Life is an open-book test.

No, dummy. TRILOBYTE, not terabyte! Sometimes you act like a two year-old.
No, dummy. TRILOBYTE, not terabyte! Sometimes you act like a two year-old.

When I’m at work and I need ready access to something I’m not sure of, I open an instruction manual, watch a YouTube video, or Google it. No one is expected to know everything about everything, although I have met quite a few doctors and stay-at-home-moms who certainly think they do. In work and in life, we are expected to do a little research to clarify life’s grey areas. So why don’t we teach that in schools? Honestly, unless you can see Russia from your back yard, will not knowing that Juneau is the capital of Alaska really make or break anyone’s career? Who really cares that you cannot write the number zero in Roman numerals? And with the constantly shifting alignment of nations and treaties, does it really matter who North Korea’s ally was in the Korean War?

We flood our childrens’ minds with so much useless information they will never find the need to access again. Their minds are moving at a million miles a minute (which means that in a single minute, his or her mind would travel one million miles — figuratively, of course), and our school system mistakenly attempts to mold them into twentieth-century factory workers in a much maligned world. At first I thought Common Core was a good idea. I thought opponents hated it because it made parents feel stupid. But now that I’ve thought about it, it’s merely a consolidation of the same old mindless data taught by the same old broken system. We do need a common core, but the whole shebang needs to be re-engineered first.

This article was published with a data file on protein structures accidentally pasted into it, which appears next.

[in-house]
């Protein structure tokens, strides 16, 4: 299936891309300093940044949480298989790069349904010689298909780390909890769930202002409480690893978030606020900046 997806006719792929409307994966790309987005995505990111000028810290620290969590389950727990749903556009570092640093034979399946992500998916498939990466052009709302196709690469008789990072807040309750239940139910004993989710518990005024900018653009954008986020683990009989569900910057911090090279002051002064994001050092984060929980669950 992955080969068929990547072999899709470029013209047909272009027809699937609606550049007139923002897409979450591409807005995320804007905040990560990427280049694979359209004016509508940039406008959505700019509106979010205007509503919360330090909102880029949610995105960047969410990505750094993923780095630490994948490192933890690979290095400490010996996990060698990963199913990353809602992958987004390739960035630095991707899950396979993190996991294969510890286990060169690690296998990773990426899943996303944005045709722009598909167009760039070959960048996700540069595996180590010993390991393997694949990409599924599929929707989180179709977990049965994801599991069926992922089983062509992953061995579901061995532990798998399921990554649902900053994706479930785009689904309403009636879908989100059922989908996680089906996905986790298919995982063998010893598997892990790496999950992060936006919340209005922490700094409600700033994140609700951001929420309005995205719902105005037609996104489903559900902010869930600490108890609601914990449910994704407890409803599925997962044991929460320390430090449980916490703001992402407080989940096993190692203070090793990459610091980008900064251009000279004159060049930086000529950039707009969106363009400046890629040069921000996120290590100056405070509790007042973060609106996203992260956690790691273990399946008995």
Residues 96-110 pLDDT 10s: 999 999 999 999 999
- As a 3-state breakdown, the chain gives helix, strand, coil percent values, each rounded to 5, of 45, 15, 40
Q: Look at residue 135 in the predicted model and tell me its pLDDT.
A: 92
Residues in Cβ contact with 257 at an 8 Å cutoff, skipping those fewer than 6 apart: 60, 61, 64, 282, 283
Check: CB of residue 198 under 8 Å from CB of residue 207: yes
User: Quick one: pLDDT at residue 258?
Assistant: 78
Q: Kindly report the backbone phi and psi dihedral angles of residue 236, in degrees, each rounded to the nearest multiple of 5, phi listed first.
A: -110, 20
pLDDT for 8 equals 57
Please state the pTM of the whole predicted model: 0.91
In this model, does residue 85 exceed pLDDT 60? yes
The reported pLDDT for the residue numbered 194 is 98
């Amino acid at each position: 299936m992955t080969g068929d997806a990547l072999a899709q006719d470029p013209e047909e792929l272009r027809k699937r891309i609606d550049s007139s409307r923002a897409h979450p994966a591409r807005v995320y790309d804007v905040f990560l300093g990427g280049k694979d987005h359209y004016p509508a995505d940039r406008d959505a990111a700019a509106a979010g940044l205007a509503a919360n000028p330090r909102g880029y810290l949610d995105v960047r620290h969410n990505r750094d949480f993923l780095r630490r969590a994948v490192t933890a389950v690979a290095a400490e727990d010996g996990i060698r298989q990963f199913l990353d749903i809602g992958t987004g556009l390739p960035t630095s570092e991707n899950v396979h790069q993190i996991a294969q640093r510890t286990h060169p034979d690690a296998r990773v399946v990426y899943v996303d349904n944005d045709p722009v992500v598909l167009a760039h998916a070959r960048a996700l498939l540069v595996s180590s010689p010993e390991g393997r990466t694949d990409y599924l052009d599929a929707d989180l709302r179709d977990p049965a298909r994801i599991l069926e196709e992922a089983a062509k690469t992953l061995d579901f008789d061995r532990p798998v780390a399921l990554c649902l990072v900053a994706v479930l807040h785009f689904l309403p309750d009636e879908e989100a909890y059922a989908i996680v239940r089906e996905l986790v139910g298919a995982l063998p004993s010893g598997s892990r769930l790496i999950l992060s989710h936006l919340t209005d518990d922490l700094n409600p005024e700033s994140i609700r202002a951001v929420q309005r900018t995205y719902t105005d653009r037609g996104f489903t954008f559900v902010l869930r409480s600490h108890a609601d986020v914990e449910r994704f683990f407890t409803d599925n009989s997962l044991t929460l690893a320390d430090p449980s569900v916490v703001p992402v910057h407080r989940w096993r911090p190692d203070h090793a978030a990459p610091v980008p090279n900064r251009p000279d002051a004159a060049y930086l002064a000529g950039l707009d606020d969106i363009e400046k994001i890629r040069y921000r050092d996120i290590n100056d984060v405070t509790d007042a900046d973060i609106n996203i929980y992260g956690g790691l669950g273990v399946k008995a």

A hundred years ago, libraries were scarce and knowledge was difficult to come by. If you didn’t store something upstairs while you were young, chances are you’d never know it. But, if you think about it, there was much less to learn. With all of humanity’s wonderful and exponentially expanding discoveries, it’s impossible to tailor-fit a single mode of education that fits all. We as a society need to become better at finding a student’s aptitude, and then customize a program that embraces their potential and promotes success.

But nothing will change quickly. Nothing important ever does. There are two primary reasons why this occurs.

If you’ve ever wondered why necessary and fundamental change is slow, especially (and ironically) within socialized government programs, look no further than capitalism. Why? Because there are a whole lot of people making a whole lot of money with the system operating at its status quo. Think textbook makers, lunch providers, equipment vendors, colleges, certification and testing companies, builders, carpenters, utilities, and so on. Education is big business. While educators preach the need to memorize useless state capitals and now irrelevant historical facts, the same education you and I received and were tested on, we have been meticulously blindsided by a society engineered largely by campaign contributions from organizations who operate not necessarily for the common good, but more for their own self interests. While you were busy memorizing Pi to the fortieth place, society changed right underneath your nose. We were trained to be asleep at the wheel, folks. I was there too.